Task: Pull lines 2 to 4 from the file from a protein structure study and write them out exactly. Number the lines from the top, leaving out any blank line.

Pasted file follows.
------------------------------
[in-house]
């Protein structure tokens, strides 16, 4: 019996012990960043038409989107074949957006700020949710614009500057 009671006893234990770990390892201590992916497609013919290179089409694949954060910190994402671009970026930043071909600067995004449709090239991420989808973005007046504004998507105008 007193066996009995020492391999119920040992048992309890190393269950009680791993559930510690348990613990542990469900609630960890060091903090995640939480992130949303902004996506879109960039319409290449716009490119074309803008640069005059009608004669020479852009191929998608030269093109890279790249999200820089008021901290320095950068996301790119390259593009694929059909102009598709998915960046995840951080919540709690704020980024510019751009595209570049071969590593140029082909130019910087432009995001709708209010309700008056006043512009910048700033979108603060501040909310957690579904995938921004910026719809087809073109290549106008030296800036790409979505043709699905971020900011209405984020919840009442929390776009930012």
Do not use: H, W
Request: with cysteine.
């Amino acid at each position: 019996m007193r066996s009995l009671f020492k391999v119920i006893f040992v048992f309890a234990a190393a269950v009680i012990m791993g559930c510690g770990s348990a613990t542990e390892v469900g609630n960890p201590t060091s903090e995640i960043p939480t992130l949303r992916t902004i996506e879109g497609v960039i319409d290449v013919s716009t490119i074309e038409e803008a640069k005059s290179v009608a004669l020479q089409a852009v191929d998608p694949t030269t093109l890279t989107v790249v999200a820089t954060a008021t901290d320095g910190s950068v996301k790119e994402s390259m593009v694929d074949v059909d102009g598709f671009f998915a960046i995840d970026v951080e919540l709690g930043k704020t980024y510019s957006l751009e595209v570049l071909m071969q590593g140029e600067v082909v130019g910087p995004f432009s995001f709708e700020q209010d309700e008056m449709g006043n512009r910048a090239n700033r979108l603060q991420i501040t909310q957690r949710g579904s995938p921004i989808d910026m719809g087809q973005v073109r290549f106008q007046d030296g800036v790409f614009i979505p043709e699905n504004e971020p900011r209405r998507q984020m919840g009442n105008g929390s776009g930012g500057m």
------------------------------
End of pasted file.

């Protein structure tokens, strides 16, 4: 019996012990960043038409989107074949957006700020949710614009500057 009671006893234990770990390892201590992916497609013919290179089409694949954060910190994402671009970026930043071909600067995004449709090239991420989808973005007046504004998507105008 007193066996009995020492391999119920040992048992309890190393269950009680791993559930510690348990613990542990469900609630960890060091903090995640939480992130949303902004996506879109960039319409290449716009490119074309803008640069005059009608004669020479852009191929998608030269093109890279790249999200820089008021901290320095950068996301790119390259593009694929059909102009598709998915960046995840951080919540709690704020980024510019751009595209570049071969590593140029082909130019910087432009995001709708209010309700008056006043512009910048700033979108603060501040909310957690579904995938921004910026719809087809073109290549106008030296800036790409979505043709699905971020900011209405984020919840009442929390776009930012």
Do not use: H, W
Request: with cysteine.